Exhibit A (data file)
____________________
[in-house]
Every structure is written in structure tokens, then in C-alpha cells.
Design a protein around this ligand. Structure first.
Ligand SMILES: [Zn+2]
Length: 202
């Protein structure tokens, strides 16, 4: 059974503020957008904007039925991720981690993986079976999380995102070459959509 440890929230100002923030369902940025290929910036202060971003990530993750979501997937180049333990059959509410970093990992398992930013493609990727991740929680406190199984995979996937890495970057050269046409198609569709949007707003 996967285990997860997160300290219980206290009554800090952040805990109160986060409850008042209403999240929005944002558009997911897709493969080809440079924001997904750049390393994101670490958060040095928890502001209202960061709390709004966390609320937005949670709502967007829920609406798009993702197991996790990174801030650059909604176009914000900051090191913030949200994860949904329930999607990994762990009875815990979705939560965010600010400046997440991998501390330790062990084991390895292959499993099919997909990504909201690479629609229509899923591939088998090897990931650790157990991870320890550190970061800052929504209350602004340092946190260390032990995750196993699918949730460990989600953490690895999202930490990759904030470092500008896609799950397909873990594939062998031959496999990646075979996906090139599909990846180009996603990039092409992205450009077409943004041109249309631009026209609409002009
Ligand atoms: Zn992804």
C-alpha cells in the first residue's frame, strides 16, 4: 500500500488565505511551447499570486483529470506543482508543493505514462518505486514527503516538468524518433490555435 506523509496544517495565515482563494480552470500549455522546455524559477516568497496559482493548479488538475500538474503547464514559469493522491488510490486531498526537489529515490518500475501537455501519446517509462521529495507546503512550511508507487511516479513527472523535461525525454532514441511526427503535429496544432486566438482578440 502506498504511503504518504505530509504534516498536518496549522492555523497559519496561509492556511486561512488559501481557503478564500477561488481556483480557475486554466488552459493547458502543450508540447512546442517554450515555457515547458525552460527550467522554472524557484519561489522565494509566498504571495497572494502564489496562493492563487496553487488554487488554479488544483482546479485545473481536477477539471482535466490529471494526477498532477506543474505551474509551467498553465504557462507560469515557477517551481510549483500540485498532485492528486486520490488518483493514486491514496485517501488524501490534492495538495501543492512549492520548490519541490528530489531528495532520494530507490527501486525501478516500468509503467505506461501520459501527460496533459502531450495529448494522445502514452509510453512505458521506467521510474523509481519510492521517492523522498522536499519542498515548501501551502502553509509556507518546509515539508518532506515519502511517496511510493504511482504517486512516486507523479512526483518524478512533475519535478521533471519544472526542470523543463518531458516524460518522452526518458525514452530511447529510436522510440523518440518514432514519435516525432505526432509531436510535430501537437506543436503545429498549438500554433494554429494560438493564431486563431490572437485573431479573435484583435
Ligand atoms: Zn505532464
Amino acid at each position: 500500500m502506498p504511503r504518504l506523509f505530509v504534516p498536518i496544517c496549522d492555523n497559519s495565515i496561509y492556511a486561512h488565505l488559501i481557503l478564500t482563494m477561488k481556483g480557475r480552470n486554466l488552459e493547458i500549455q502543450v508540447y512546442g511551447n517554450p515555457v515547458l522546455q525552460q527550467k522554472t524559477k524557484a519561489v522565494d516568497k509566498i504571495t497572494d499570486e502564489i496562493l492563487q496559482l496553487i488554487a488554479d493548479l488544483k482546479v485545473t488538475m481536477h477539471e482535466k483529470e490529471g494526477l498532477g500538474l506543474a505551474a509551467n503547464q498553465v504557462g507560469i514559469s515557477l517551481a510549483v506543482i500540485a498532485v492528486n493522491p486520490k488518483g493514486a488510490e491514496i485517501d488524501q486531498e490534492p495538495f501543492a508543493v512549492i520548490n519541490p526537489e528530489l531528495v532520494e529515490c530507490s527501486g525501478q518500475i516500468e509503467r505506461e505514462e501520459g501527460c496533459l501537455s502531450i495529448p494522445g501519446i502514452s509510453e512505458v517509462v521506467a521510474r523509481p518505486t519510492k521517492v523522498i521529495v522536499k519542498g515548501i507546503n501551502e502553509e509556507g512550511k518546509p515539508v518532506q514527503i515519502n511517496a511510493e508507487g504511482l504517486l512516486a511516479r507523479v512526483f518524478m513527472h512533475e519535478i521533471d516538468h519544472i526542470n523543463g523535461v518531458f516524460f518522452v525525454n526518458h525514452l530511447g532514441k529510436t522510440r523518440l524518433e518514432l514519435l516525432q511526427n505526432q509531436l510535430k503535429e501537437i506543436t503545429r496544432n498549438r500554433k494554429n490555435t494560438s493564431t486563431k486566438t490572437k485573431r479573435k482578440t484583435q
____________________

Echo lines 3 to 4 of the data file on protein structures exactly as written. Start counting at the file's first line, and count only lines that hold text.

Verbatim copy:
Design a protein around this ligand. Structure first.
Ligand SMILES: [Zn+2]